What’s in a name? Surveyors Ferry, NC

Catching my attention recently on the map, “Carte des Etats-Unis: Provinces Meridionales”, was Surveyors Ferry across the Pasquotank River. SurveyorsFerry1

Who was/were the alleged surveyor(s)? 

“Carte des Etats-Unis: Provinces Meridionales” (above) was published in 1799 in François Alexandre Frédéric, duc de la Rochefoucauld-Liancourt’s book, Voyage dans les États-Unis d’Amérique, fait en 1795, 1796 et 1797. That same year, an English translation of the book, published in London, contained a similar map,  “Map of the Southern Provinces of the United States“, that also shows Surveyors Ferry. 

Detail showing Surveyors Ferry on Map of the Southern Provinces of the United States

Detail showing Surveyors Ferry on Map of the Southern Provinces of the United States

One will not find Surveyors Ferry on any earlier map from the 1790s, nor on any printed map for more than 60 years prior to these 1799 maps. One must go all the way back to the 1733 Moseley map of North Carolina to find the source, and even there you won’t find Surveyor’s Ferry. In fact, the original spelling was Sawyer’s Ferry!

Detail of Edward Moseley's 1733 map of North Carolina, showing Sawyer's Ferry across the Pasquotank River. Image courtesy of East Carolina University.

Detail of Edward Moseley’s 1733 map of North Carolina, showing Sawyer’s Ferry across the Pasquotank River. Image courtesy of East Carolina University.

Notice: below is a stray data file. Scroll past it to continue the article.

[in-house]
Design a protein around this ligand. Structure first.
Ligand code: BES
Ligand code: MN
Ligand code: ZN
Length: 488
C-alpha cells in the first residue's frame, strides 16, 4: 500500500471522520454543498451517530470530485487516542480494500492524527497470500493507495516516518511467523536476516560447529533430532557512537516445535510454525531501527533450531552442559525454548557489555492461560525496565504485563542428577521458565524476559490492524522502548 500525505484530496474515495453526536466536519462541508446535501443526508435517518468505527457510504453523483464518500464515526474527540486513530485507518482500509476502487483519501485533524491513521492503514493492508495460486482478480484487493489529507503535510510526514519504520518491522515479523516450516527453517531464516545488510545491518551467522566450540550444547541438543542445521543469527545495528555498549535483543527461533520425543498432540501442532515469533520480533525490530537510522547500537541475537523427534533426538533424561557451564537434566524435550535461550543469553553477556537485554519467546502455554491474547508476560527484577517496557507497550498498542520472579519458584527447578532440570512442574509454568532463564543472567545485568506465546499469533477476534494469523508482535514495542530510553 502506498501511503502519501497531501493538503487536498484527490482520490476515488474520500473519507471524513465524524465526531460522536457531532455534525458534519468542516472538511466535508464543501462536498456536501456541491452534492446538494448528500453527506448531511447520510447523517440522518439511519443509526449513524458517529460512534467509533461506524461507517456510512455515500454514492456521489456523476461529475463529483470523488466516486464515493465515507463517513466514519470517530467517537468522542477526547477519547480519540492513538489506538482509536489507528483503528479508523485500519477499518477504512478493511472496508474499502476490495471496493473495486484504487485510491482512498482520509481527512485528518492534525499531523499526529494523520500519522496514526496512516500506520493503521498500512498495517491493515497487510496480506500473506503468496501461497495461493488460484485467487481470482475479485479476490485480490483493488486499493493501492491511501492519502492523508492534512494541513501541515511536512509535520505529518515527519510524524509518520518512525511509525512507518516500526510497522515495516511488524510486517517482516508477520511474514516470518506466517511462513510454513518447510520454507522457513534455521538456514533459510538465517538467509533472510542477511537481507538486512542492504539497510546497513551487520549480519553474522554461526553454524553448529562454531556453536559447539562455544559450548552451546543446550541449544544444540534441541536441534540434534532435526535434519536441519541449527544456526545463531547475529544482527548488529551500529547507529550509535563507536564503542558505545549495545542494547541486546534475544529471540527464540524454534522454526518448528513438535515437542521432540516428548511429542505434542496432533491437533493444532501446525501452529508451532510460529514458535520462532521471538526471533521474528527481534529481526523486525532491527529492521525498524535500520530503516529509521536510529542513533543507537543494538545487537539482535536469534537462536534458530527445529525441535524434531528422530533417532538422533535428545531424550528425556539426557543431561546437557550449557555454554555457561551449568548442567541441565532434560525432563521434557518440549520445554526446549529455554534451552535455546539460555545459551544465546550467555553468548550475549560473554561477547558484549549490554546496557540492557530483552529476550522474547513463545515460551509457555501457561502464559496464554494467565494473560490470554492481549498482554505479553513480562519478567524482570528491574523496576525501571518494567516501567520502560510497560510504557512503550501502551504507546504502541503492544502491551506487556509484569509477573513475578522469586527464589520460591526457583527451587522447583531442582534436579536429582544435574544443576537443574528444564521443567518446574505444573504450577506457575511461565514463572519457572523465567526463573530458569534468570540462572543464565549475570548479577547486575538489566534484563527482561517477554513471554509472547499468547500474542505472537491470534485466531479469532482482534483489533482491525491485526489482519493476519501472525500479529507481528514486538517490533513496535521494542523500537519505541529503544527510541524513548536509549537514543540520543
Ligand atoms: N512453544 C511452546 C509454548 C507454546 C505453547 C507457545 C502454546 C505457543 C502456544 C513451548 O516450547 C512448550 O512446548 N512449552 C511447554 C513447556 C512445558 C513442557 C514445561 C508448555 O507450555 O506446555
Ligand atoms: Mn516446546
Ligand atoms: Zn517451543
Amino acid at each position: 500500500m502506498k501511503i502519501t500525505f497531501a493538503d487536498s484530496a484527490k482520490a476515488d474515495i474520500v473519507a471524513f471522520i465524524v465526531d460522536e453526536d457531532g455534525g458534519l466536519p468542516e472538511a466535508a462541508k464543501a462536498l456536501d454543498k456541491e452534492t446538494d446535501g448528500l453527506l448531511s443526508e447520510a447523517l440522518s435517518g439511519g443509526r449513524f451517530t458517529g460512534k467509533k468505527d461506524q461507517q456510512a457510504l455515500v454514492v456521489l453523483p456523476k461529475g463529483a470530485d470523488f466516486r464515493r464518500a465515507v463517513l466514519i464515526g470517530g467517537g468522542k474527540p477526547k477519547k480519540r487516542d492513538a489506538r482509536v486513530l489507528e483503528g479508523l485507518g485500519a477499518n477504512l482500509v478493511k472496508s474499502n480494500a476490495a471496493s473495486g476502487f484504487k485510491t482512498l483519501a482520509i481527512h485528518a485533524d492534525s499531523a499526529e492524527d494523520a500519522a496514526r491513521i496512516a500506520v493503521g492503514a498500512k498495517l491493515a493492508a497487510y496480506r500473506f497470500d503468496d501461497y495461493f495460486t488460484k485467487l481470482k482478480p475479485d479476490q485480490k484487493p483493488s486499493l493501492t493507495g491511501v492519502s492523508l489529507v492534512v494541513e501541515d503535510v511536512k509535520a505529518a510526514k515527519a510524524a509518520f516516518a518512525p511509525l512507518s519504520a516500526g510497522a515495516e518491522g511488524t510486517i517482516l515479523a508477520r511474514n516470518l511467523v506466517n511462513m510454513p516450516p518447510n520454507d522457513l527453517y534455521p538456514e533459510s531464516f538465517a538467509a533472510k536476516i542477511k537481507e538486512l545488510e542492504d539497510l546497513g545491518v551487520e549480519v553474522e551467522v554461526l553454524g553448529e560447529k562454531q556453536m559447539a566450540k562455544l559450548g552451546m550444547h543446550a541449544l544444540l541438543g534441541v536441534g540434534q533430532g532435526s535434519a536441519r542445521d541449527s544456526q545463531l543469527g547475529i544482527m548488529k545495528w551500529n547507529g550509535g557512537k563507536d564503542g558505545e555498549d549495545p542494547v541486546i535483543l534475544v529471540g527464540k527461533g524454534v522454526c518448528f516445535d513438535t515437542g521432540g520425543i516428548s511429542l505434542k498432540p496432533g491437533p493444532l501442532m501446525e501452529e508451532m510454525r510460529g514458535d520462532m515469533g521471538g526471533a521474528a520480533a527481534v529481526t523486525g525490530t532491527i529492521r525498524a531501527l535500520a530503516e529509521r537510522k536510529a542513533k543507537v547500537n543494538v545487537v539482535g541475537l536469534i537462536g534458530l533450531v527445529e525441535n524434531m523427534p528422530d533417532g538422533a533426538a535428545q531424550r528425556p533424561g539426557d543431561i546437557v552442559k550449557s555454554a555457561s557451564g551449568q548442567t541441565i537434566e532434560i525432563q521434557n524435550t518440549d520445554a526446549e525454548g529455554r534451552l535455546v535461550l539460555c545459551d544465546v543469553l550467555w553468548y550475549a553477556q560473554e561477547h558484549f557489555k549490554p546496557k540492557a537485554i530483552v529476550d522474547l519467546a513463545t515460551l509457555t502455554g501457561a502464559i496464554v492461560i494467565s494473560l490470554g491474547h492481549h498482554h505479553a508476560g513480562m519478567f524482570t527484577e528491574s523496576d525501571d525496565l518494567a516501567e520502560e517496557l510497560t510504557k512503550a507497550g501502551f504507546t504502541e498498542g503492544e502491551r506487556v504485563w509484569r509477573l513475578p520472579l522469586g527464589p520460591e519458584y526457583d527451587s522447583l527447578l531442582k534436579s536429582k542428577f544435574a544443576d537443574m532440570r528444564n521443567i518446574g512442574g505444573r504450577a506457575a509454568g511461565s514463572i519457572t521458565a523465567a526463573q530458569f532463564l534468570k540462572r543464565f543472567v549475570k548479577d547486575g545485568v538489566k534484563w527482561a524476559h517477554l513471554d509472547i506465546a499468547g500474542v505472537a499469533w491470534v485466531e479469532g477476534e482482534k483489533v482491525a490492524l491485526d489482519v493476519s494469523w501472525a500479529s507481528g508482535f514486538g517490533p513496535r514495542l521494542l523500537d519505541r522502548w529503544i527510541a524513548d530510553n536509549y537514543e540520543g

Stewart Dunaway, the foremost authority on colonial ferries and bridges in North Carolina, found no mention of the establishment of Sawyer’s Ferry in the extant colonial records held by the State Archives. (The ferry was obviously well established when referenced in 1784 state legislation.) Sawyer was a common surname in Pasquotank County as early as the late 17th century. No fewer than 3 Sawyers are located on the 1770 Churton-Collet map (below). The ferry is not shown on the Churton-Collet map, but it was likely in the location of the “orange bar” as shown below.

Detail from the 1770 Churton-Collet map, courtesy of the Library of Congress

Detail from the 1770 Churton-Collet map, courtesy of the Library of Congress

Given the rarity of the 1733 Moseley map, one might be surprised that it would have been used over 60 years later as a source. If anyone finds more evidence on François Alexandre Frédéric’s 1799 map that Moseley’s map was used as a source, or finds “Sawyer’s Ferry” on any printed map published between 1733 and 1799, please let us know via the “What’s on your mind” comment box below. As a final comment, careful observers may have noticed on la Rochefoucauld-Liancourt’s map that the engraver seemed uncertain about the place name. “Surweyer’s Ferry” [sic] appears to be engraved over an incomplete erasure. Surweyer  If someone can decipher the original engraved text, please let us know.

ADDENDUM 8/2016: There is some discussion of early Pasquotank River ferries on pages 22 & 23 of Ante-Bellum Elizabeth City:The History of a Canal Town, © William A. Griffin 1970.

Murder in Pasquotank County, Surveyor’s Ferry… we need one more story to hit the Albemarle Sound region trifecta. Stay tuned!

One thought on “What’s in a name? Surveyors Ferry, NC

  1. Pingback: Nathaniel Batts: Buried at sea, but not originally - North Carolina Map BlogNorth Carolina Map Blog

What's on your mind?